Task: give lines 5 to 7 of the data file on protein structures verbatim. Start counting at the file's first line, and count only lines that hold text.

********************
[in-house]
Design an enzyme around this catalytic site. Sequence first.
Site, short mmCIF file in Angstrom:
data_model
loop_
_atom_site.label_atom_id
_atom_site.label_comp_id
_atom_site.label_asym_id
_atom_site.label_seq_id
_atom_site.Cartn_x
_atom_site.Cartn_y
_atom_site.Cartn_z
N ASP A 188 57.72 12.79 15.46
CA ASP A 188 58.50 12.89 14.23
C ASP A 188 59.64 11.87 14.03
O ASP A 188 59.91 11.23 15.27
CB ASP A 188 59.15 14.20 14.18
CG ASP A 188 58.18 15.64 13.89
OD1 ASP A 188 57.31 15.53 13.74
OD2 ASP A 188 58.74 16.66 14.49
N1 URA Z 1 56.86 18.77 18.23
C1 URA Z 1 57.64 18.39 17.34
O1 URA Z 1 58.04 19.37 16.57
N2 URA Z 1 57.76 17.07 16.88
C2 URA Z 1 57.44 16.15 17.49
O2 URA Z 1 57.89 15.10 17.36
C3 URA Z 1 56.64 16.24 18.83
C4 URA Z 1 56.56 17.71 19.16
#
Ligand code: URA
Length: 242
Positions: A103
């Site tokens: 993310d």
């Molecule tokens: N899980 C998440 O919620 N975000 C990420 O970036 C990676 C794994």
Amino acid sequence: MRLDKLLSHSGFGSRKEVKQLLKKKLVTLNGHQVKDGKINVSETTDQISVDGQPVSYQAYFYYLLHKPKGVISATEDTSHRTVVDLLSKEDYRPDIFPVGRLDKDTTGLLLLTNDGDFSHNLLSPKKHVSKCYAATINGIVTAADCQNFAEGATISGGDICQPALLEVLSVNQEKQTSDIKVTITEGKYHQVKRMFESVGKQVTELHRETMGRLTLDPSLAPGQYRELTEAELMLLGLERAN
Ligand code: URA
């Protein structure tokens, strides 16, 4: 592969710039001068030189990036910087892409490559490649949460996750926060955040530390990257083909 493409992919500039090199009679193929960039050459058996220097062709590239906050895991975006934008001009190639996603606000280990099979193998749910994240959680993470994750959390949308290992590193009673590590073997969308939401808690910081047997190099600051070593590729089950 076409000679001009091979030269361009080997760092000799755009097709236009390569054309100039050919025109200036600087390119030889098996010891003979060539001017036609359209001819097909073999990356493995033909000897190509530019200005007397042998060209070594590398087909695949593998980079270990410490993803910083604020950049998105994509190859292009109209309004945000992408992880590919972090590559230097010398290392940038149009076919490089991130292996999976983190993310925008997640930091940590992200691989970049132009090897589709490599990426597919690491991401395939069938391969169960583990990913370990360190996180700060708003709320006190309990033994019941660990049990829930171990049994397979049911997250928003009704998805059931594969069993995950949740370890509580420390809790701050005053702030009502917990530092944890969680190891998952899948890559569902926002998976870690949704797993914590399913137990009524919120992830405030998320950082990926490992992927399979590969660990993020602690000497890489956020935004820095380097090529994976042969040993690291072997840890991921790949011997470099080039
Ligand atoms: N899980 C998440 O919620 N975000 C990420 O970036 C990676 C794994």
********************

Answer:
loop_
_atom_site.label_atom_id
_atom_site.label_comp_id